Newswise — West Hartford, Conn., April 20, 2015 – Leigh N. Sepeta, Ph.D., Children’s National Health System, was awarded the Susan S. Spencer Clinical Research Training Fellowship for her work in temporal lobe epilepsy in pediatric patients. Dr. Sepeta will receive this distinguished honor at an award ceremony to take place during the American Academy of Neurology’s (AAN) Annual Meeting later this month. Dr. Sepeta was also recognized for this award during the American Epilepsy Society Annual Meeting.

Dr. Sepeta is a postdoctoral fellow with Children’s National Health System studying memory development and its neural underpinnings to determine how memory is altered in pediatric patients with temporal lobe epilepsy.

“We hope to influence clinical care by establishing a functional and structural imaging protocol for evaluations of pre-surgical memory functioning and maximize its utility by investigating the developing memory system,” said Dr. Sepeta. “We hope that this protocol will help medical professionals better understand memory functioning in child development and epilepsy.”

“The presentation of this award underscores the importance of Dr. Sepeta’s work in the field of epilepsy and clinical research,” said Dr. Madison M. Berl, one of Dr. Sepeta’s mentors on the project. “I am proud to be associated with the work that Dr. Sepeta is doing in temporal lobe epilepsy as she strives to develop new mechanisms that provide better treatment for people living with epilepsy.” Dr. William D. Gaillard also serves as a mentor on Dr. Sepeta’s work.

The Clinical Research Training Fellowship in Epilepsy was established in honor of Susan S. Spencer, M.D., a past president of the American Epilepsy Society (AES) who was Professor of Neurology and Medical Director of the Epilepsy Program at the Yale University School of Medicine and Yale New Haven Hospital. This program, targeting fellows and new faculty, fosters the development of investigators interested in pursuing careers in patient oriented research. The fellowship is jointly funded by AES, the American Brain Foundation, and the Epilepsy Foundation.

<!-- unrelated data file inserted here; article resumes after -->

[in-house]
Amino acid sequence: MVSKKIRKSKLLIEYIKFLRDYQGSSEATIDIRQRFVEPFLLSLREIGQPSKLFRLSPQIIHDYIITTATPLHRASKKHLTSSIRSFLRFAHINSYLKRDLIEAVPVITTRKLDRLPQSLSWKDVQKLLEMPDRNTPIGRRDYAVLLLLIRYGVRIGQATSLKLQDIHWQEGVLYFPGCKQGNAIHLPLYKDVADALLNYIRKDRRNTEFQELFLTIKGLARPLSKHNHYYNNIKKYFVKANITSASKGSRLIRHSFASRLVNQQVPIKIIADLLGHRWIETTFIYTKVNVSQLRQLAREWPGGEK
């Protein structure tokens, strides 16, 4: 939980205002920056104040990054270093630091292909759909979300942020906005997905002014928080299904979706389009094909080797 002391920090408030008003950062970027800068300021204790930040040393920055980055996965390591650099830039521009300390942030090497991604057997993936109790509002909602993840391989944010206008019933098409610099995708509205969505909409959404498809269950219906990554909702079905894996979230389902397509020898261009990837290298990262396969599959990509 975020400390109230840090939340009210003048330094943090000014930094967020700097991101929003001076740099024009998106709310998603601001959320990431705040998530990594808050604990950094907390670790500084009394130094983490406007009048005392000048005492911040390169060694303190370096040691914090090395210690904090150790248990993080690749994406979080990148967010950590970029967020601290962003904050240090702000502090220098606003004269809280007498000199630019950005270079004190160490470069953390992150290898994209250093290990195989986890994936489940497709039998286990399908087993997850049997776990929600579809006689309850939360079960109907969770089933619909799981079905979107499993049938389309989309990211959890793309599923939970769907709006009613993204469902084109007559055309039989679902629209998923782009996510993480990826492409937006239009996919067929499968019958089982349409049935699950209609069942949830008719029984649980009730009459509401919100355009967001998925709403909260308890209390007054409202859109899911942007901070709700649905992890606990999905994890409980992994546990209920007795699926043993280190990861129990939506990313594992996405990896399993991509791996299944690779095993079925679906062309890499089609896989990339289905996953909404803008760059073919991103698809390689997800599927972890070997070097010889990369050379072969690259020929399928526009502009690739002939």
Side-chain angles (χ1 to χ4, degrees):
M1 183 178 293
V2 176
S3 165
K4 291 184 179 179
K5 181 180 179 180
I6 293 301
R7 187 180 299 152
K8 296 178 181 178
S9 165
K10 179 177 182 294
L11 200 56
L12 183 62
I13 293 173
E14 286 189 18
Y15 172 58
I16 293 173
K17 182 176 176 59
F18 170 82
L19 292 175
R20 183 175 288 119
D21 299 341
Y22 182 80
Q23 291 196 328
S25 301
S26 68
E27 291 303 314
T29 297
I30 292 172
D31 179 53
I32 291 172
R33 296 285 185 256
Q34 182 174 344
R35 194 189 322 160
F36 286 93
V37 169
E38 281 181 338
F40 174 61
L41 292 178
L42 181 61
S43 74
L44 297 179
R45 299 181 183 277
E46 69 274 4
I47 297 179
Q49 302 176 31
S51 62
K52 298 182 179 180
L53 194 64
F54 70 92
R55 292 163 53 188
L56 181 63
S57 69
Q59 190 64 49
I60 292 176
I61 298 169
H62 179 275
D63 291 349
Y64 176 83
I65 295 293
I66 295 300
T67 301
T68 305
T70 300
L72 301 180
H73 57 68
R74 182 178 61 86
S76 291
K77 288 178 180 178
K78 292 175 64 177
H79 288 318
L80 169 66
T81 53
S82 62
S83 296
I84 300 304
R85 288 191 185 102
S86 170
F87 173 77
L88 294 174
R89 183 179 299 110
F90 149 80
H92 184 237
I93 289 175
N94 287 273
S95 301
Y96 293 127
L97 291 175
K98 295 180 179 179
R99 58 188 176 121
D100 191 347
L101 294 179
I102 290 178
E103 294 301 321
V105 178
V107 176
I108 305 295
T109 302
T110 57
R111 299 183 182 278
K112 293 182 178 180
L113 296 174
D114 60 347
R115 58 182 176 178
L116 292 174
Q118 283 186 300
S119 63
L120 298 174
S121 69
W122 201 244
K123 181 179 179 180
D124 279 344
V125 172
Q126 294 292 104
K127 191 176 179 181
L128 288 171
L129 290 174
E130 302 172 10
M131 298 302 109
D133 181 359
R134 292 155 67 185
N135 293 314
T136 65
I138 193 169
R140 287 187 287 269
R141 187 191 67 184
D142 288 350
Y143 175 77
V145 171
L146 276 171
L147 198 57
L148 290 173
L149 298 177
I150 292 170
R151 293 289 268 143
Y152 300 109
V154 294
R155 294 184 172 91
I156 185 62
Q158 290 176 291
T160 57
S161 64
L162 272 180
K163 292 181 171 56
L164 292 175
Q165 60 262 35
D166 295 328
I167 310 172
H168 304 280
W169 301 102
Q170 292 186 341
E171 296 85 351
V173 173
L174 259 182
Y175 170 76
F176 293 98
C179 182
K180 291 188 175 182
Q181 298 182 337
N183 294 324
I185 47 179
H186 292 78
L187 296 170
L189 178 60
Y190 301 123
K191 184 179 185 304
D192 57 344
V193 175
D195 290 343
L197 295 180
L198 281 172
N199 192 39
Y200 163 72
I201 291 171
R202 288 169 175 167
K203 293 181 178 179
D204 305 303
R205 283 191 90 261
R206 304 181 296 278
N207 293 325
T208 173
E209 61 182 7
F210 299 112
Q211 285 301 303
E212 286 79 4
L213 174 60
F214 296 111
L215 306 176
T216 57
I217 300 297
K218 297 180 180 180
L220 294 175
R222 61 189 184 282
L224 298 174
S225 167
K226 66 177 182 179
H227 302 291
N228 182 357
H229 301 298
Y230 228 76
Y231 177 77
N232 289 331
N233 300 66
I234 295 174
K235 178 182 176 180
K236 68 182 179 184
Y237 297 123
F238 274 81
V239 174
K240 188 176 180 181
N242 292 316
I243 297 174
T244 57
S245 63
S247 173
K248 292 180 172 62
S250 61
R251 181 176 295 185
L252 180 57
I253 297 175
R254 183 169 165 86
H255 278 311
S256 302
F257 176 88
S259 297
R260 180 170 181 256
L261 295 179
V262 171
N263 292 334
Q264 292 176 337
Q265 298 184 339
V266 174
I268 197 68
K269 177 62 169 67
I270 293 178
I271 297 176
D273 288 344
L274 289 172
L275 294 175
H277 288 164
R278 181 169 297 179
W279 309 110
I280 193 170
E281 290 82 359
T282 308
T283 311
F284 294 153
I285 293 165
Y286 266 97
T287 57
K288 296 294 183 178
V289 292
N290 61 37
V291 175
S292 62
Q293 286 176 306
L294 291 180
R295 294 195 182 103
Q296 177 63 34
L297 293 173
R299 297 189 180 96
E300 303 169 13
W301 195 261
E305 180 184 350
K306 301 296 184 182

About EpilepsyThe epilepsies affect 50 million people worldwide, including three million in the United States. The disorder can have a single specific, well‐defined cause, such as a head injury, or manifest as a syndrome with a complex of symptoms. It is the third most common neurological disorder after Alzheimer’s disease and stroke.

About the American Epilepsy Society The American Epilepsy Society is a medical and scientific society whose members are professionals from private practice, academia and government engaged in both research and clinical care for people with epilepsy. For more than 75 years, AES has been unlocking the potential of the clinical and research community by creating a dynamic global forum where professionals can share, learn and grow. AES champions the use of sound science and clinical care through the exchange of knowledge, by providing education and by furthering the advancement of the profession. For additional information, visit